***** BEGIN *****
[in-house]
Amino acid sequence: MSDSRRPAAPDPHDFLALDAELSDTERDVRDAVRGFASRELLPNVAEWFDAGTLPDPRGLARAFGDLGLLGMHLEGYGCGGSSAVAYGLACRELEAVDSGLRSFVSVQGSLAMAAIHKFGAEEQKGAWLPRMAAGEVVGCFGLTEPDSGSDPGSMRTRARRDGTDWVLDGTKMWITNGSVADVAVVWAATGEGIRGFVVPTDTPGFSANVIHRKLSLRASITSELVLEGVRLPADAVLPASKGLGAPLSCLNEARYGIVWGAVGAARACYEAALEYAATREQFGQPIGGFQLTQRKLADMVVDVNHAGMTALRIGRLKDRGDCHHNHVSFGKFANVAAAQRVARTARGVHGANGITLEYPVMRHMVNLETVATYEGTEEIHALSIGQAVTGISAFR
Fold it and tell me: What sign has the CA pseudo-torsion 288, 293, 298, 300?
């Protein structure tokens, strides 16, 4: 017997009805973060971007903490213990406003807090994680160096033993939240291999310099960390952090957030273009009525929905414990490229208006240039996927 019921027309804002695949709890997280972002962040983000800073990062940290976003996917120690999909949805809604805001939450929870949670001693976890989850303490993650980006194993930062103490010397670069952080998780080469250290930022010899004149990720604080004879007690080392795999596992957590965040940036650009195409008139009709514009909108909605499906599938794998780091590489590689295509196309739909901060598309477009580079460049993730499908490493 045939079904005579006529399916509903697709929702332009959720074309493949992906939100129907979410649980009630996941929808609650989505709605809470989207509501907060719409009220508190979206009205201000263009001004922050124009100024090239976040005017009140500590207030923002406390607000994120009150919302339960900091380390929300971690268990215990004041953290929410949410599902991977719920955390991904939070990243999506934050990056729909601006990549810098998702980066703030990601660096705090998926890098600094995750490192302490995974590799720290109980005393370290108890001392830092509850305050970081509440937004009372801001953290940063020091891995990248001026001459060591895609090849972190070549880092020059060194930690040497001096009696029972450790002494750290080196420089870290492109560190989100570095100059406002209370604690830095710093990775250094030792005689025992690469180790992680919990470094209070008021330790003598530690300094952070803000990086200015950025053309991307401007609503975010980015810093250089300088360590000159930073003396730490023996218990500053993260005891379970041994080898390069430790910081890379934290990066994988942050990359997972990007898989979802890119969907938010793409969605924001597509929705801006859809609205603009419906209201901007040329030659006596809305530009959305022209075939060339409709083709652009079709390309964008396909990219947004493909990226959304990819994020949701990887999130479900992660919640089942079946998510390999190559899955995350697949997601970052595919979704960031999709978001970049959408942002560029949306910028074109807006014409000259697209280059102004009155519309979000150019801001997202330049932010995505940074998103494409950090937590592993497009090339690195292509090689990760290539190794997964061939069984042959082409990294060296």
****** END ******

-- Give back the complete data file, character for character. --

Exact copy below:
[in-house]
Amino acid sequence: MSDSRRPAAPDPHDFLALDAELSDTERDVRDAVRGFASRELLPNVAEWFDAGTLPDPRGLARAFGDLGLLGMHLEGYGCGGSSAVAYGLACRELEAVDSGLRSFVSVQGSLAMAAIHKFGAEEQKGAWLPRMAAGEVVGCFGLTEPDSGSDPGSMRTRARRDGTDWVLDGTKMWITNGSVADVAVVWAATGEGIRGFVVPTDTPGFSANVIHRKLSLRASITSELVLEGVRLPADAVLPASKGLGAPLSCLNEARYGIVWGAVGAARACYEAALEYAATREQFGQPIGGFQLTQRKLADMVVDVNHAGMTALRIGRLKDRGDCHHNHVSFGKFANVAAAQRVARTARGVHGANGITLEYPVMRHMVNLETVATYEGTEEIHALSIGQAVTGISAFR
Fold it and tell me: What sign has the CA pseudo-torsion 288, 293, 298, 300?
């Protein structure tokens, strides 16, 4: 017997009805973060971007903490213990406003807090994680160096033993939240291999310099960390952090957030273009009525929905414990490229208006240039996927 019921027309804002695949709890997280972002962040983000800073990062940290976003996917120690999909949805809604805001939450929870949670001693976890989850303490993650980006194993930062103490010397670069952080998780080469250290930022010899004149990720604080004879007690080392795999596992957590965040940036650009195409008139009709514009909108909605499906599938794998780091590489590689295509196309739909901060598309477009580079460049993730499908490493 045939079904005579006529399916509903697709929702332009959720074309493949992906939100129907979410649980009630996941929808609650989505709605809470989207509501907060719409009220508190979206009205201000263009001004922050124009100024090239976040005017009140500590207030923002406390607000994120009150919302339960900091380390929300971690268990215990004041953290929410949410599902991977719920955390991904939070990243999506934050990056729909601006990549810098998702980066703030990601660096705090998926890098600094995750490192302490995974590799720290109980005393370290108890001392830092509850305050970081509440937004009372801001953290940063020091891995990248001026001459060591895609090849972190070549880092020059060194930690040497001096009696029972450790002494750290080196420089870290492109560190989100570095100059406002209370604690830095710093990775250094030792005689025992690469180790992680919990470094209070008021330790003598530690300094952070803000990086200015950025053309991307401007609503975010980015810093250089300088360590000159930073003396730490023996218990500053993260005891379970041994080898390069430790910081890379934290990066994988942050990359997972990007898989979802890119969907938010793409969605924001597509929705801006859809609205603009419906209201901007040329030659006596809305530009959305022209075939060339409709083709652009079709390309964008396909990219947004493909990226959304990819994020949701990887999130479900992660919640089942079946998510390999190559899955995350697949997601970052595919979704960031999709978001970049959408942002560029949306910028074109807006014409000259697209280059102004009155519309979000150019801001997202330049932010995505940074998103494409950090937590592993497009090339690195292509090689990760290539190794997964061939069984042959082409990294060296």